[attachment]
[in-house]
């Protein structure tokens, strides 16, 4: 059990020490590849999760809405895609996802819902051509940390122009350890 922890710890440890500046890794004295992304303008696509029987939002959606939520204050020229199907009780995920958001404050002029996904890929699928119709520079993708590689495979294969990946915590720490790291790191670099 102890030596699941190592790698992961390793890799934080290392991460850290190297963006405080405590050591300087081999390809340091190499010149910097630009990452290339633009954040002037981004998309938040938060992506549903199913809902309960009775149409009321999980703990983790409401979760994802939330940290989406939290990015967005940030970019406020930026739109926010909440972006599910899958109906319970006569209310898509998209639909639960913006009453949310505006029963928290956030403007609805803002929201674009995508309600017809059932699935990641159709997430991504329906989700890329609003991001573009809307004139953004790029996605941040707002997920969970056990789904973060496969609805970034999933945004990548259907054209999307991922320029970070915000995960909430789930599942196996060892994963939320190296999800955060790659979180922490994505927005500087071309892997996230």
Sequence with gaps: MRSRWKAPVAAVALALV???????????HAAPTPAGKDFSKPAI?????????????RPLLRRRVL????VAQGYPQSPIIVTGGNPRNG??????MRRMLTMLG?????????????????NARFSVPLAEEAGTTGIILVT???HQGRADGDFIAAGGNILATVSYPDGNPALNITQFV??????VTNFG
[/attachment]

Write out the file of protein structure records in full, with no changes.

[in-house]
């Protein structure tokens, strides 16, 4: 059990020490590849999760809405895609996802819902051509940390122009350890 922890710890440890500046890794004295992304303008696509029987939002959606939520204050020229199907009780995920958001404050002029996904890929699928119709520079993708590689495979294969990946915590720490790291790191670099 102890030596699941190592790698992961390793890799934080290392991460850290190297963006405080405590050591300087081999390809340091190499010149910097630009990452290339633009954040002037981004998309938040938060992506549903199913809902309960009775149409009321999980703990983790409401979760994802939330940290989406939290990015967005940030970019406020930026739109926010909440972006599910899958109906319970006569209310898509998209639909639960913006009453949310505006029963928290956030403007609805803002929201674009995508309600017809059932699935990641159709997430991504329906989700890329609003991001573009809307004139953004790029996605941040707002997920969970056990789904973060496969609805970034999933945004990548259907054209999307991922320029970070915000995960909430789930599942196996060892994963939320190296999800955060790659979180922490994505927005500087071309892997996230």
Sequence with gaps: MRSRWKAPVAAVALALV???????????HAAPTPAGKDFSKPAI?????????????RPLLRRRVL????VAQGYPQSPIIVTGGNPRNG??????MRRMLTMLG?????????????????NARFSVPLAEEAGTTGIILVT???HQGRADGDFIAAGGNILATVSYPDGNPALNITQFV??????VTNFG